Why not get a running friend as this will make each run more fun, and also give you the motivation to get out when its cold etc… as you wouldn’t want to let them down.
Joining a team is also a great way to get your enthusiasm going – again as you won’t want to let people down – and you can build your social life up as well – bonus!
#6 Stay motivated
Nothing makes it easier to continue with a goal than having motivation and energy for it, so my advice would be to start doing whichever of the following ideas helps you most:-
- If you are competitive, then record your fitness (how long you ran for, what distance you swam, how many calories burnt, what weights lifted etc….) and try and improve week on week – you can buy things like Fitbit** or use a tracker such as fitness pal to make this much more easy – and when you see how far you have come over the weeks/months you will be spurred on even more.
- If you like rewards – then place a reward on each goal – once you have achieved that goal the reward will be well earnt! (a night out, a massage, a holiday etc….)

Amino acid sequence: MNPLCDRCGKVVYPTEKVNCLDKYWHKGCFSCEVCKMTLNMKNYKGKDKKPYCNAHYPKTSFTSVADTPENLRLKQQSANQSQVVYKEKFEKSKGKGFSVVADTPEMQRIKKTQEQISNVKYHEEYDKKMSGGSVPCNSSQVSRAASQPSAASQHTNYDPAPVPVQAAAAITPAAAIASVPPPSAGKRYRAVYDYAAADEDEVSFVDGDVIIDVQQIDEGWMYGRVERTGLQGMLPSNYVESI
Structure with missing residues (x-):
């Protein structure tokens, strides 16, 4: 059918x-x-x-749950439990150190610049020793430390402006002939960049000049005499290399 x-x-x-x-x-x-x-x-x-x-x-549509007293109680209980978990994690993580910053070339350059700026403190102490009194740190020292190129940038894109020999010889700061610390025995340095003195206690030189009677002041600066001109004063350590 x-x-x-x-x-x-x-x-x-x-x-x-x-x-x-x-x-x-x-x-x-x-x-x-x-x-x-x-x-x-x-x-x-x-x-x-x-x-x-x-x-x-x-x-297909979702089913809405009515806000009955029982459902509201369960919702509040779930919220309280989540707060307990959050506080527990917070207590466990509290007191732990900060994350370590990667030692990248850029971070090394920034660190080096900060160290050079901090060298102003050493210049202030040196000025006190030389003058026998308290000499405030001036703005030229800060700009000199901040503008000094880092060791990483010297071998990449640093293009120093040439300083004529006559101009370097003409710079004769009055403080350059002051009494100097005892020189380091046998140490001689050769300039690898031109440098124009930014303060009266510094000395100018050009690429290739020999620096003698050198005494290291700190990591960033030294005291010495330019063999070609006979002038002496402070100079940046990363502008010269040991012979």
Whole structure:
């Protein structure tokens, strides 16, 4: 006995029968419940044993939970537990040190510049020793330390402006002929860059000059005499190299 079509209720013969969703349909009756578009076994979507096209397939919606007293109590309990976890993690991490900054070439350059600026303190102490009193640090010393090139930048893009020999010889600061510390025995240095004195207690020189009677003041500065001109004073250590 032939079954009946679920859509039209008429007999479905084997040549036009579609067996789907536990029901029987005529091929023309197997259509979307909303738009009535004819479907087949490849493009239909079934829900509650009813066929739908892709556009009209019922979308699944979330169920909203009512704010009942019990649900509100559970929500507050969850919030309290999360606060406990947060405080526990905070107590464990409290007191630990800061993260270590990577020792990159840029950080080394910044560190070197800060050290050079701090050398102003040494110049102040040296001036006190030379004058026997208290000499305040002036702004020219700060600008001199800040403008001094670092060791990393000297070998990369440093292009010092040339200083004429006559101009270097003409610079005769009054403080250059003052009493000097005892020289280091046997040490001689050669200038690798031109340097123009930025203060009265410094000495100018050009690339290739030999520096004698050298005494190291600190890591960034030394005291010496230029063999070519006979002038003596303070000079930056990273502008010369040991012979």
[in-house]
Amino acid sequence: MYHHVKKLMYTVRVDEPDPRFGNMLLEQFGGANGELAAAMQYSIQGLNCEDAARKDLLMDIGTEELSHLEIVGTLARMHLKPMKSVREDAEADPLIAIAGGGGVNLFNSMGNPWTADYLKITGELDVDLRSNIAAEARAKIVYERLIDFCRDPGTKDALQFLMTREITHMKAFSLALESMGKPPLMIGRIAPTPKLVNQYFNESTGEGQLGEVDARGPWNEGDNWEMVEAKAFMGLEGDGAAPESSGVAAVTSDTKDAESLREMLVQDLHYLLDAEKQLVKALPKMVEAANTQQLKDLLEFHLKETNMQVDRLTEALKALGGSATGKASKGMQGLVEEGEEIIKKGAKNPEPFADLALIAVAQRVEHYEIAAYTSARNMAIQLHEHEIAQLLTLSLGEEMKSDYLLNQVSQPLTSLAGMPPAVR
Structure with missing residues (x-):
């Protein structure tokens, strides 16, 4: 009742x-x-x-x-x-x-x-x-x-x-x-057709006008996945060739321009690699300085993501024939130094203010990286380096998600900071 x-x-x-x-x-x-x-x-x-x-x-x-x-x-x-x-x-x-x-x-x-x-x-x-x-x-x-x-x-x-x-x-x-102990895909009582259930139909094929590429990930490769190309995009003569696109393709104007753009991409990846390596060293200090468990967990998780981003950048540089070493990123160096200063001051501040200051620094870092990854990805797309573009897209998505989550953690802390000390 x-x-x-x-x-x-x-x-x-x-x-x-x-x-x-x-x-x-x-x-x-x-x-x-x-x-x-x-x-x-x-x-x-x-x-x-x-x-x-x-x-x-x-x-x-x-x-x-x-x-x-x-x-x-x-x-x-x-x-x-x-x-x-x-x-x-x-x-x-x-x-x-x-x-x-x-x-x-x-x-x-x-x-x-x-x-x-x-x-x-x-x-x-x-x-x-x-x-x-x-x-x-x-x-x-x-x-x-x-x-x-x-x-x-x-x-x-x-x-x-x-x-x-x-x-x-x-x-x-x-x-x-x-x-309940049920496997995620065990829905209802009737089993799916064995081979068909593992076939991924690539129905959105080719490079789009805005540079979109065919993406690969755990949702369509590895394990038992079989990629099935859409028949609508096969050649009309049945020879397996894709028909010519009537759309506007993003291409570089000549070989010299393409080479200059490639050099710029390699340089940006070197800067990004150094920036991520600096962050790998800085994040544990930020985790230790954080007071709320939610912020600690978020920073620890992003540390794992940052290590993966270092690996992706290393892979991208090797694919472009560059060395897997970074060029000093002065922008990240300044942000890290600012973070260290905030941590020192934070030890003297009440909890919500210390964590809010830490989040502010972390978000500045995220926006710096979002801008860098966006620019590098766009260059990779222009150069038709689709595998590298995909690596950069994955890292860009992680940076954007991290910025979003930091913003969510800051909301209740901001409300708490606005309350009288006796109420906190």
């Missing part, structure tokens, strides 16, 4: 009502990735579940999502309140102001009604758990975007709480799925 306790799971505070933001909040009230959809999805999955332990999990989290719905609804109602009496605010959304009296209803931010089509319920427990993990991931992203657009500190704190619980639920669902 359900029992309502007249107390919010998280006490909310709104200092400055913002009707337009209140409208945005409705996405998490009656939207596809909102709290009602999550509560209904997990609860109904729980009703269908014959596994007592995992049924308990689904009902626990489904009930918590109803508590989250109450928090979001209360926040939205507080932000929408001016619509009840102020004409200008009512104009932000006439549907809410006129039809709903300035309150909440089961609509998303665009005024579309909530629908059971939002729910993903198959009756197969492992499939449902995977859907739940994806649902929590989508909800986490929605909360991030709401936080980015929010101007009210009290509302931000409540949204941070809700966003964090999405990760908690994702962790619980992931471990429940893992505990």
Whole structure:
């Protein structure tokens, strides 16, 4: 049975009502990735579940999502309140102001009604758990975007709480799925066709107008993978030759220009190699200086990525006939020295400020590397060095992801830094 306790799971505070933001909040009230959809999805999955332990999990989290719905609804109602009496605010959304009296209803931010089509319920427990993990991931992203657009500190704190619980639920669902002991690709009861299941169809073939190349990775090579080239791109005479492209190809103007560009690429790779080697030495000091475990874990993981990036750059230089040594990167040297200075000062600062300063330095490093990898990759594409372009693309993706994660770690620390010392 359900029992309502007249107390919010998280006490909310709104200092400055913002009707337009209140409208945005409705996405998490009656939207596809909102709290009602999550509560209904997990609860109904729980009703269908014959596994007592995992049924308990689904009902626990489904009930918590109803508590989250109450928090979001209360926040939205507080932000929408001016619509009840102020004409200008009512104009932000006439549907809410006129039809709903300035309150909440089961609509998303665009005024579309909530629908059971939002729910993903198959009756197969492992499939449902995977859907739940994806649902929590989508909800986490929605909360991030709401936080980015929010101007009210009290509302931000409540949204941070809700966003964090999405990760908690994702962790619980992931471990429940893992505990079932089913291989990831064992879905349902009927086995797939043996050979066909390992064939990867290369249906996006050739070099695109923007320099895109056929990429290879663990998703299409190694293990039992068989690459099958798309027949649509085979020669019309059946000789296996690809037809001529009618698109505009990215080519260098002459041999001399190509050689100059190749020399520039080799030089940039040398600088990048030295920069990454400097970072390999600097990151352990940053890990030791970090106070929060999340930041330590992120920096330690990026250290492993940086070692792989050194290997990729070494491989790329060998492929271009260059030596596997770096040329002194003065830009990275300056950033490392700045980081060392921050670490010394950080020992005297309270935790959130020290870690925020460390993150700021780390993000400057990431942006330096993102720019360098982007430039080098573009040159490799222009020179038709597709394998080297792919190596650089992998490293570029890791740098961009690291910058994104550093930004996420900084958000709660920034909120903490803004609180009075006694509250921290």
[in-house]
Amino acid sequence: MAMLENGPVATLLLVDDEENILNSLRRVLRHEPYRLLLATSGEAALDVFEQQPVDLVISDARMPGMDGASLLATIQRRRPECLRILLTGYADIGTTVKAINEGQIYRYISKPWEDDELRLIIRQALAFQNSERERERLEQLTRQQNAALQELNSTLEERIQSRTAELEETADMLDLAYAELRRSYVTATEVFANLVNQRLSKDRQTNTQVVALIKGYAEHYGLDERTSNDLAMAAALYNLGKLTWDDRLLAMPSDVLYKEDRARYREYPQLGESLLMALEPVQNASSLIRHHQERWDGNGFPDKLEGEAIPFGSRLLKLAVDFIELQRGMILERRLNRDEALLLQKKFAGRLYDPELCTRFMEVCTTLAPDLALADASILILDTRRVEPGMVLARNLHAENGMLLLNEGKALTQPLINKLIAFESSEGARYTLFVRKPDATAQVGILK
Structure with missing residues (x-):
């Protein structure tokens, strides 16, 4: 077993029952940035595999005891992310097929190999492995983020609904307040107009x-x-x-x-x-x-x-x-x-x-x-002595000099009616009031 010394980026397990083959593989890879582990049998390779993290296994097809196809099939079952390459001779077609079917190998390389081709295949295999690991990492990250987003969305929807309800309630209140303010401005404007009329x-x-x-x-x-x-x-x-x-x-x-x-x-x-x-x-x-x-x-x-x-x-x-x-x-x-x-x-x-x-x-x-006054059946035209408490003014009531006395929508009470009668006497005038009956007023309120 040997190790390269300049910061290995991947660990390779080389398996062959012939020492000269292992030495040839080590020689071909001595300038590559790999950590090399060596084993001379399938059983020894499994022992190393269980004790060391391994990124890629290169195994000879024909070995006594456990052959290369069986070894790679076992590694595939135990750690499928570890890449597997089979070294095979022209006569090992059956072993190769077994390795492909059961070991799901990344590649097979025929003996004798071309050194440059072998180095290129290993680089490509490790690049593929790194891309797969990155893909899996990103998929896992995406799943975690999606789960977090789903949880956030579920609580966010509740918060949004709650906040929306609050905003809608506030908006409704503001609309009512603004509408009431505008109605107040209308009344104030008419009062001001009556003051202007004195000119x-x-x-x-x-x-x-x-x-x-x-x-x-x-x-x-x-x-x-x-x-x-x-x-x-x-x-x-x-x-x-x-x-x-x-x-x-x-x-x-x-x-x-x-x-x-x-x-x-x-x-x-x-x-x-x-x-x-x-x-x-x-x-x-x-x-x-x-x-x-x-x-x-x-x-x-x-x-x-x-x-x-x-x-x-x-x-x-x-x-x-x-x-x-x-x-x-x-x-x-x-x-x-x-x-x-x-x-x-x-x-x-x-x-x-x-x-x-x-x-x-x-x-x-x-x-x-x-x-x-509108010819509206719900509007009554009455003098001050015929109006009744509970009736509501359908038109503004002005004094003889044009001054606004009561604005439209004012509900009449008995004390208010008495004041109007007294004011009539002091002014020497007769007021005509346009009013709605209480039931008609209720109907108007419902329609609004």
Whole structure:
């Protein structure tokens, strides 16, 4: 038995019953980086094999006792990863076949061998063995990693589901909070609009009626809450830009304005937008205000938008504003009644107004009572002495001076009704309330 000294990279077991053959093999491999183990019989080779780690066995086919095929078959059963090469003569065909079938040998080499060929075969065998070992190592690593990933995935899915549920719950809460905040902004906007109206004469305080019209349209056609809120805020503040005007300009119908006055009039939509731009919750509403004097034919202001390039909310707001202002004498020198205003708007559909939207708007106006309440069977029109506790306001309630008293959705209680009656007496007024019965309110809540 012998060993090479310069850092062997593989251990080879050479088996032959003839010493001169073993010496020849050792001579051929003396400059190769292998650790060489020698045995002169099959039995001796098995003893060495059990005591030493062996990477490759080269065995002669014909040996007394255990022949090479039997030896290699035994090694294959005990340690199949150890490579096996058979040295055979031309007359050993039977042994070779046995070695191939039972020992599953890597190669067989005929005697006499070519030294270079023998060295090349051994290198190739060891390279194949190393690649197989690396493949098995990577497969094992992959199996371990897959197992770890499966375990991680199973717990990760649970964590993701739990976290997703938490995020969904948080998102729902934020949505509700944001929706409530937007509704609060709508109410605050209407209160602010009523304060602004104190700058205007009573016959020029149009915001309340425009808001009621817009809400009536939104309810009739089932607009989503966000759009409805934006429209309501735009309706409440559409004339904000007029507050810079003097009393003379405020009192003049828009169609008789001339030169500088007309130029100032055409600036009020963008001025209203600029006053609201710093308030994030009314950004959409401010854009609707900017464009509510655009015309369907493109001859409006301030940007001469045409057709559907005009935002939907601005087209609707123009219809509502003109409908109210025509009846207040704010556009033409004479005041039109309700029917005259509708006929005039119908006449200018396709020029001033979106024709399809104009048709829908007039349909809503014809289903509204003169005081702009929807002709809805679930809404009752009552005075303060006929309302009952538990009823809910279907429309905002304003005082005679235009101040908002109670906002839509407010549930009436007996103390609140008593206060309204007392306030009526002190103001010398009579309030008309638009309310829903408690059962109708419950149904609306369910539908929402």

- If you are a visual person – visualise yourself on a beach in your swimsuit looking fit and toned – if you can, add a picture of that beach somewhere where you will see it each day, that will remind you of this.
- If you are social – get a friend to do the same fitness as you – a weekly run, a fitness class, a game of tennis etc…. will all be more difficult to not do if you are letting someone down
- If your mood is changed by the weather, make that work for you. Raining? This is a great time to run as it’s cooler, or if it’s sunny why not find an outdoor pool to cool down?
#7 Vary things
Whatever you are doing, change it around every 6-8 weeks.
This helps in a few ways:-